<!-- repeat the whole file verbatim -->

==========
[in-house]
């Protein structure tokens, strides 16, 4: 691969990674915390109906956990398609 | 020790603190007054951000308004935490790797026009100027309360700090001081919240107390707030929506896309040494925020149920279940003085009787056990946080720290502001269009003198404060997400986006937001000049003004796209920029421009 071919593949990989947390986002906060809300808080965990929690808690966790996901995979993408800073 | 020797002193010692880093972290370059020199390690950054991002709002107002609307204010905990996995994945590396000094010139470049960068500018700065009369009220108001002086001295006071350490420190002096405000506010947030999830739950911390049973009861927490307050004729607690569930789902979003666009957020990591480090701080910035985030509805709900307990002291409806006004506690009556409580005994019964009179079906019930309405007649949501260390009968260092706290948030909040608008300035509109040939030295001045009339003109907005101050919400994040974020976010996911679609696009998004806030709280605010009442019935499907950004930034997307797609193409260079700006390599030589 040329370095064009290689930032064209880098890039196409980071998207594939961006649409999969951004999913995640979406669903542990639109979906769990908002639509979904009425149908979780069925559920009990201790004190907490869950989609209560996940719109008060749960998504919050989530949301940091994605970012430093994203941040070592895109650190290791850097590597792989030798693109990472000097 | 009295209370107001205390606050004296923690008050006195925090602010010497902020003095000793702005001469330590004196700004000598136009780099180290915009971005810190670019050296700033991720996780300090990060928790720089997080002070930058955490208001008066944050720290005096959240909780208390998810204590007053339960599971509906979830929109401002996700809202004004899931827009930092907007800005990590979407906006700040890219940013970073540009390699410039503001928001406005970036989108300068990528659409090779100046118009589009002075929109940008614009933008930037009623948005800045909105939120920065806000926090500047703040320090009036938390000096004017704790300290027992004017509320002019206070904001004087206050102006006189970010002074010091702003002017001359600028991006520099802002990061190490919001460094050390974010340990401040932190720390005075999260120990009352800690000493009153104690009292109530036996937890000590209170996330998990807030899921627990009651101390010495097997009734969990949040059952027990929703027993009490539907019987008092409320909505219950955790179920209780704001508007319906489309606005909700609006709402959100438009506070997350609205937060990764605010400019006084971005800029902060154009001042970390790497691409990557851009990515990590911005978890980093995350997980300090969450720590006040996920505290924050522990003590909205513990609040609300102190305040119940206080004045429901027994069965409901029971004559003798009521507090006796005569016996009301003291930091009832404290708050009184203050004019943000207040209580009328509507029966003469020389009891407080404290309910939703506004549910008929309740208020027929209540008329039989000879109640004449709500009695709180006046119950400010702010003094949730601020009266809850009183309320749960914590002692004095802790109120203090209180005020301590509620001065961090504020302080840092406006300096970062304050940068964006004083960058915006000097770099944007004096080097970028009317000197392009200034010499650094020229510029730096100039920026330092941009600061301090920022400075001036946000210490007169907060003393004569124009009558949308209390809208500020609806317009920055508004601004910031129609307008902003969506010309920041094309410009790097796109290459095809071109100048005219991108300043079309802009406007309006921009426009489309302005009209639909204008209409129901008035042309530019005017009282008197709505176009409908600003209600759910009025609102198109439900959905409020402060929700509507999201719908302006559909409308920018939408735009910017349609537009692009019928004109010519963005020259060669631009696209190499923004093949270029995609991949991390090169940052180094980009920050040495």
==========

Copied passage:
[in-house]
């Protein structure tokens, strides 16, 4: 691969990674915390109906956990398609 | 020790603190007054951000308004935490790797026009100027309360700090001081919240107390707030929506896309040494925020149920279940003085009787056990946080720290502001269009003198404060997400986006937001000049003004796209920029421009 071919593949990989947390986002906060809300808080965990929690808690966790996901995979993408800073 | 020797002193010692880093972290370059020199390690950054991002709002107002609307204010905990996995994945590396000094010139470049960068500018700065009369009220108001002086001295006071350490420190002096405000506010947030999830739950911390049973009861927490307050004729607690569930789902979003666009957020990591480090701080910035985030509805709900307990002291409806006004506690009556409580005994019964009179079906019930309405007649949501260390009968260092706290948030909040608008300035509109040939030295001045009339003109907005101050919400994040974020976010996911679609696009998004806030709280605010009442019935499907950004930034997307797609193409260079700006390599030589 040329370095064009290689930032064209880098890039196409980071998207594939961006649409999969951004999913995640979406669903542990639109979906769990908002639509979904009425149908979780069925559920009990201790004190907490869950989609209560996940719109008060749960998504919050989530949301940091994605970012430093994203941040070592895109650190290791850097590597792989030798693109990472000097 | 009295209370107001205390606050004296923690008050006195925090602010010497902020003095000793702005001469330590004196700004000598136009780099180290915009971005810190670019050296700033991720996780300090990060928790720089997080002070930058955490208001008066944050720290005096959240909780208390998810204590007053339960599971509906979830929109401002996700809202004004899931827009930092907007800005990590979407906006700040890219940013970073540009390699410039503001928001406005970036989108300068990528659409090779100046118009589009002075929109940008614009933008930037009623948005800045909105939120920065806000926090500047703040320090009036938390000096004017704790300290027992004017509320002019206070904001004087206050102006006189970010002074010091702003002017001359600028991006520099802002990061190490919001460094050390974010340990401040932190720390005075999260120990009352800690000493009153104690009292109530036996937890000590209170996330998990807030899921627990009651101390010495097997009734969990949040059952027990929703027993009490539907019987008092409320909505219950955790179920209780704001508007319906489309606005909700609006709402959100438009506070997350609205937060990764605010400019006084971005800029902060154009001042970390790497691409990557851009990515990590911005978890980093995350997980300090969450720590006040996920505290924050522990003590909205513990609040609300102190305040119940206080004045429901027994069965409901029971004559003798009521507090006796005569016996009301003291930091009832404290708050009184203050004019943000207040209580009328509507029966003469020389009891407080404290309910939703506004549910008929309740208020027929209540008329039989000879109640004449709500009695709180006046119950400010702010003094949730601020009266809850009183309320749960914590002692004095802790109120203090209180005020301590509620001065961090504020302080840092406006300096970062304050940068964006004083960058915006000097770099944007004096080097970028009317000197392009200034010499650094020229510029730096100039920026330092941009600061301090920022400075001036946000210490007169907060003393004569124009009558949308209390809208500020609806317009920055508004601004910031129609307008902003969506010309920041094309410009790097796109290459095809071109100048005219991108300043079309802009406007309006921009426009489309302005009209639909204008209409129901008035042309530019005017009282008197709505176009409908600003209600759910009025609102198109439900959905409020402060929700509507999201719908302006559909409308920018939408735009910017349609537009692009019928004109010519963005020259060669631009696209190499923004093949270029995609991949991390090169940052180094980009920050040495």